More is not necessarily better. That’s how to best assess the 2016 Tennessee Titans offensive strategy.
In the span of just a few months this spring, the Titans went from having seemingly no promising running backs to having two. After acquiring Demarco Murray from the extremely grateful Philadelphia Eagles for next to nothing (Philadelphia swapped fourth round picks with Tennessee if they promised to take Murray and his large salary off their hands) the Titans drafted Alabama star running back Derrick Henry in the second round.
Those two players joining an offense with promising quarterback Marcus Mariota – a wonderfully gifted scrambler and runner who flashed moments of brilliance in his rookie season last year — suggests Tennessee could possess the most potent rushing attack in the NFL this season. Their backfield includes a recent NFL rushing champion (Murray) and the last two Heisman Trophy winners. (Mariota rushed for 770 yards and 15 touchdowns in his final collegiate season.)
Head coach Mike Mularkey has characterized his offensive approach as “exotic smashmouth” football. He learned that term and style as an assistant under former head coach Bill Cowher as the Pittsburgh Steelers’ offensive coordinator. Mularkey and Cowher employed Hall of Fame running back Jerome Bettis and dual-threat quarterback Kordell Stewart. They were complemented by receivers Hines Ward and , Antwaan Randle-El and a deep arsenal of trick and “gadget” plays in the passing game.
Put aside for a moment the argument over whether or that group of Steelers players (Bettis, Stewart, Ward, Randle-El) was more talented than the Titans’ trio. What matters more is how drastically the NFL has changed in the 15 years in between.
For a litany of reasons — rule changes, innovations, evolution of coaching philosophies, etc. — the NFL is defined by the passing game. That’s not to say running the ball has become an archaic, useless relic from a time long-since past. It’s not. The running game is still essential to every offense and success in the NFL. In 2015, five of the top eight rushing attacks in the NFL (Carolina, Seattle, Minnesota, Kansas City, and Arizona) made the playoffs, the same number as the previous year.
But there’s no denying how much “easier” throwing the football to gain large chunks of yardage and quick scores has become. Just look at all the passing milestones that have fallen recently.
Thirteen of the 14 highest single-seasons passing yard totals were set in the last 10 years. The top-15 names on the list of most completions in a single season earned their rank during that same stretch. And all but four of the 17 greatest single seasons in terms of passing touchdowns occurred since 2004.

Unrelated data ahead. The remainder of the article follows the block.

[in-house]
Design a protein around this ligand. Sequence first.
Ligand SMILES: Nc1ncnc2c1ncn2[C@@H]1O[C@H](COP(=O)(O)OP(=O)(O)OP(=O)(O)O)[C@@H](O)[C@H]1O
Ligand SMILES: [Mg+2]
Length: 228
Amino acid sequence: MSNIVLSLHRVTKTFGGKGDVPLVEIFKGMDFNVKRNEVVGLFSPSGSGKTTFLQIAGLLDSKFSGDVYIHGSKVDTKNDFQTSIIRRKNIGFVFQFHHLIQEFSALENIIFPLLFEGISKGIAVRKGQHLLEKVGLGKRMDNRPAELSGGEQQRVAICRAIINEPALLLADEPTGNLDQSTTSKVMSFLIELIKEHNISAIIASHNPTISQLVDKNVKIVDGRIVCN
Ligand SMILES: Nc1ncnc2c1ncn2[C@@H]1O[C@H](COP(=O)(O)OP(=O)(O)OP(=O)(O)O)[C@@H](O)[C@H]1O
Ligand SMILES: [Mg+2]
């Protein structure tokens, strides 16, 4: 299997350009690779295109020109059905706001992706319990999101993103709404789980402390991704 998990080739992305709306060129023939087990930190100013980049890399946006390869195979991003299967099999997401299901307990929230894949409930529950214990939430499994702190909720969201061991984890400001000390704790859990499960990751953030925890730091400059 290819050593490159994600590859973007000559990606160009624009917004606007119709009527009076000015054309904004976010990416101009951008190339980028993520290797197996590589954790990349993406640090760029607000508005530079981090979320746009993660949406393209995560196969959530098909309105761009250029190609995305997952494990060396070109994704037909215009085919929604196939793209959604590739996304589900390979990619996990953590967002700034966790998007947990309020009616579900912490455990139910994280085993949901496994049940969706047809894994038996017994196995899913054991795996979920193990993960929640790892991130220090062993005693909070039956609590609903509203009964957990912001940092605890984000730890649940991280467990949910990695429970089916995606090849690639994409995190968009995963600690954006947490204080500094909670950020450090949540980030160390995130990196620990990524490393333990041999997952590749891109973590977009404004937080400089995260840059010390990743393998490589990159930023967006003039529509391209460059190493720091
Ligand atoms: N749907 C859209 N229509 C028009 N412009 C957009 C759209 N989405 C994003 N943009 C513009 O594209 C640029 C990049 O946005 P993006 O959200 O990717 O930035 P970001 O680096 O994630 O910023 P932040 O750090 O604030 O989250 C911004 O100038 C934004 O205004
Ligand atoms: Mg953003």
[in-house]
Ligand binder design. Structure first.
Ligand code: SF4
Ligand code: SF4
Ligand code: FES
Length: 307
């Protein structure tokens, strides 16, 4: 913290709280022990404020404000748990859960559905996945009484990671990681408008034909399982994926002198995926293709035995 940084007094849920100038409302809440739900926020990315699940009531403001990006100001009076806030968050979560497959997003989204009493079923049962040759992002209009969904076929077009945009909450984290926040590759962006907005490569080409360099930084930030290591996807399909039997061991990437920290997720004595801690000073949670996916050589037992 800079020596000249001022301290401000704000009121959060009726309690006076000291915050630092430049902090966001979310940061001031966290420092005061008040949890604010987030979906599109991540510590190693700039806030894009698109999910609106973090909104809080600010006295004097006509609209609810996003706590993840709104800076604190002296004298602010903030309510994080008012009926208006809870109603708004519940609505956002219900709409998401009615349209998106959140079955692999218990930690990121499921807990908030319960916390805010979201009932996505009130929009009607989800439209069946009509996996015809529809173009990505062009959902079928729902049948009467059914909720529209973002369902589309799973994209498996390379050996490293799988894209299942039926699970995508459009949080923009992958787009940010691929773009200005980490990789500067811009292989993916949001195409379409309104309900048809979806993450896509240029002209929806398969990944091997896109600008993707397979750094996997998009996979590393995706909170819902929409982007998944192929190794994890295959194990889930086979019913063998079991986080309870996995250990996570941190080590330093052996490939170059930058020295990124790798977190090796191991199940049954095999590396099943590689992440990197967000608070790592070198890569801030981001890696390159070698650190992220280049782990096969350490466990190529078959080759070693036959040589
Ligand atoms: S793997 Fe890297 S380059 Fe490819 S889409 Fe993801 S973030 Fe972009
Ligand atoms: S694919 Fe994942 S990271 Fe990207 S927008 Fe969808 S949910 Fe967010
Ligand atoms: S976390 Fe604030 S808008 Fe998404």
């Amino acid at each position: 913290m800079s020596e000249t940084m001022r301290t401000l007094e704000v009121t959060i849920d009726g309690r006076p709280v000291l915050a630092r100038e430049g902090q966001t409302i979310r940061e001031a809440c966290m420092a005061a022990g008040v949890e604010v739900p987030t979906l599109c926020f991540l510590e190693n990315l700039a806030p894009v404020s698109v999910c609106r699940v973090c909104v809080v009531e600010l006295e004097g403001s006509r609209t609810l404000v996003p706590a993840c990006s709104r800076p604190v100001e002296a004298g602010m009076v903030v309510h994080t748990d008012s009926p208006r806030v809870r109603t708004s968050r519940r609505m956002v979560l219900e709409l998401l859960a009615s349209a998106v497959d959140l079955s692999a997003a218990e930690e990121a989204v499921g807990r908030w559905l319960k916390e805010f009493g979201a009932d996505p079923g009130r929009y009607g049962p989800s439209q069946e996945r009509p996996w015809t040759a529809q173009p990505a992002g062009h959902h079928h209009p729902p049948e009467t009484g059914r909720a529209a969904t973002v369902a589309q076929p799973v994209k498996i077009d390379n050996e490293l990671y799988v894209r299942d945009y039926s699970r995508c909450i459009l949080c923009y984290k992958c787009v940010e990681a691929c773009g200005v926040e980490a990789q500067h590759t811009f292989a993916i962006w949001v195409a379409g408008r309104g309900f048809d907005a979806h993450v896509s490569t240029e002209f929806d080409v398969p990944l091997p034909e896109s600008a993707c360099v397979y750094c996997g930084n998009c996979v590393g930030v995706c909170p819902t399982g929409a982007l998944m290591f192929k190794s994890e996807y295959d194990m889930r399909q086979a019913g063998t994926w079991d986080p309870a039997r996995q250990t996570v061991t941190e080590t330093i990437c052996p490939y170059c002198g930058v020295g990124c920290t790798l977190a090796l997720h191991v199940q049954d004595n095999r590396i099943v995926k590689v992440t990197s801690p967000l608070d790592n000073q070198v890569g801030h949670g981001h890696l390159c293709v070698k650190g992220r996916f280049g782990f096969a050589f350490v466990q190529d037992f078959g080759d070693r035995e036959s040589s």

In this modern NFL, boasting a great running game — whether it’s one transcendent runner or a trio of excellent ones — is no guarantee of success. A running game alone is not enough to win games and titles. It is meaningless, and ultimately unsustainable, without a consistent passing attack, and the Titans have shown little sign this preseason of having one. Other than a solid tight end in Delanie Walker, the best receiving options for Mariota are an unheralded rookie (Tajae Sharpe), a 35-year-old Andre Johnson — on his third team in three seasons — and Rishard Matthews.
Tennessee’s defense doesn’t seem likely to carry its weight, either. Sure, an effective running game provides the defense a rest, but no one is touting the Titans defense as one of the better units in the league. A rested mediocre defense isn’t much more effective than a tired mediocre defense.
Remember, the Titans finished no higher than 27th in points allowed per game each of the last two seasons and the most significant additions they made this offseason were cornerback Brice McCain and rookie linebacker Kevin Dodd.
But most importantly, no matter how great a team’s running game is, it nearly impossible for a coaching staff to remain patient and measured late in games. If the Titans fall behind by 17 points in the second half or trail by three in the final minute, the “exotic smashmouth” play calling will turn heavily towards no-huddle, four-and-five wide receiver sets that feature passes, not runs. And, considering their investment in Mariota as a quarterback, they should be calling on his arm to stage a comeback, not the running game.
Twenty years ago the intersection of talent possessed by Murray, Henry and Mariota very well might have combined to be one of the greatest rushing attacks the league has every seen. It may have made the early 1970s Miami Dolphins, the Atlanta Falcons “DVD” backfield (Warrick Dunn/Michael Vick) from 15 years ago, or even the famous Marcus Allen and Bo Jackson backfield of the Los Angeles Raiders pale in comparison.
But because of Tennessee’s defensive deficiencies and the NFL’s abundance of premier passing games — which the Titans do not possess — they may not get the chance to carve out a place in history.